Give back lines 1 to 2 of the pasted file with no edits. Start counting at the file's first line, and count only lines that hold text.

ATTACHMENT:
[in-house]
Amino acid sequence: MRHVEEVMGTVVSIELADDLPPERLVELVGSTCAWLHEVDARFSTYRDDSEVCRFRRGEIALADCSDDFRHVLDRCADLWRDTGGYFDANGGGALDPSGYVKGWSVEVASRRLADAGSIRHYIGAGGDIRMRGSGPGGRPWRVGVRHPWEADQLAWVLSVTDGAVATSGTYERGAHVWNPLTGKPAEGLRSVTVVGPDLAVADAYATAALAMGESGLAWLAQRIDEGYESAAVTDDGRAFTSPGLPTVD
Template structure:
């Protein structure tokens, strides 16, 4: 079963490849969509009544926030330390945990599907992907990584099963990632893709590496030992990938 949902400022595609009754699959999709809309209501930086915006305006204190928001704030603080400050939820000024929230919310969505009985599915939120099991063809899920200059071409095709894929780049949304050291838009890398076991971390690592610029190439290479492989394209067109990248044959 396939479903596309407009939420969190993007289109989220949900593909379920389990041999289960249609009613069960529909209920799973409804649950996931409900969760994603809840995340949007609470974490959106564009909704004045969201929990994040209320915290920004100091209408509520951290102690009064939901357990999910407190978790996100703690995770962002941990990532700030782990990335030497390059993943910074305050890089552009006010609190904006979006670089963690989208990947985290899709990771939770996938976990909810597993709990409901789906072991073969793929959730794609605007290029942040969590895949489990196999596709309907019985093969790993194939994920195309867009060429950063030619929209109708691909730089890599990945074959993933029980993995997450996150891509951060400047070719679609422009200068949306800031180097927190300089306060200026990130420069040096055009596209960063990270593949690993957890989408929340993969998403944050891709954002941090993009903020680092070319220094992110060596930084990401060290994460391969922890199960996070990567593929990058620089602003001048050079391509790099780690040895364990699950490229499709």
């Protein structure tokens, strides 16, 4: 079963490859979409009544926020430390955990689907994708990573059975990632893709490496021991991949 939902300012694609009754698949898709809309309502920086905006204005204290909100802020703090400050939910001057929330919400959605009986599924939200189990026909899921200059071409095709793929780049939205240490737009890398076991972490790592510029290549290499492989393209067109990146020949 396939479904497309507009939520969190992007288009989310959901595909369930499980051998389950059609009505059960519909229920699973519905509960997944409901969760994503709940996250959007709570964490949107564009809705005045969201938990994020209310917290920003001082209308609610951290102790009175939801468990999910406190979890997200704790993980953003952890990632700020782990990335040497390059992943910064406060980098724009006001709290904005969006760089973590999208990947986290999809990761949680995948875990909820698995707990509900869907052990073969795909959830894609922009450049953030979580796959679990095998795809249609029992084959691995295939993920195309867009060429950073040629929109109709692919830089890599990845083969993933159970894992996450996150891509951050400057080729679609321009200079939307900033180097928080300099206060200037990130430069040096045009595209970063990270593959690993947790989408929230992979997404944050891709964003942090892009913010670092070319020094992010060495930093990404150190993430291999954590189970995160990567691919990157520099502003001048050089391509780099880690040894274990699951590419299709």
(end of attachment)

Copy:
[in-house]
Amino acid sequence: MRHVEEVMGTVVSIELADDLPPERLVELVGSTCAWLHEVDARFSTYRDDSEVCRFRRGEIALADCSDDFRHVLDRCADLWRDTGGYFDANGGGALDPSGYVKGWSVEVASRRLADAGSIRHYIGAGGDIRMRGSGPGGRPWRVGVRHPWEADQLAWVLSVTDGAVATSGTYERGAHVWNPLTGKPAEGLRSVTVVGPDLAVADAYATAALAMGESGLAWLAQRIDEGYESAAVTDDGRAFTSPGLPTVD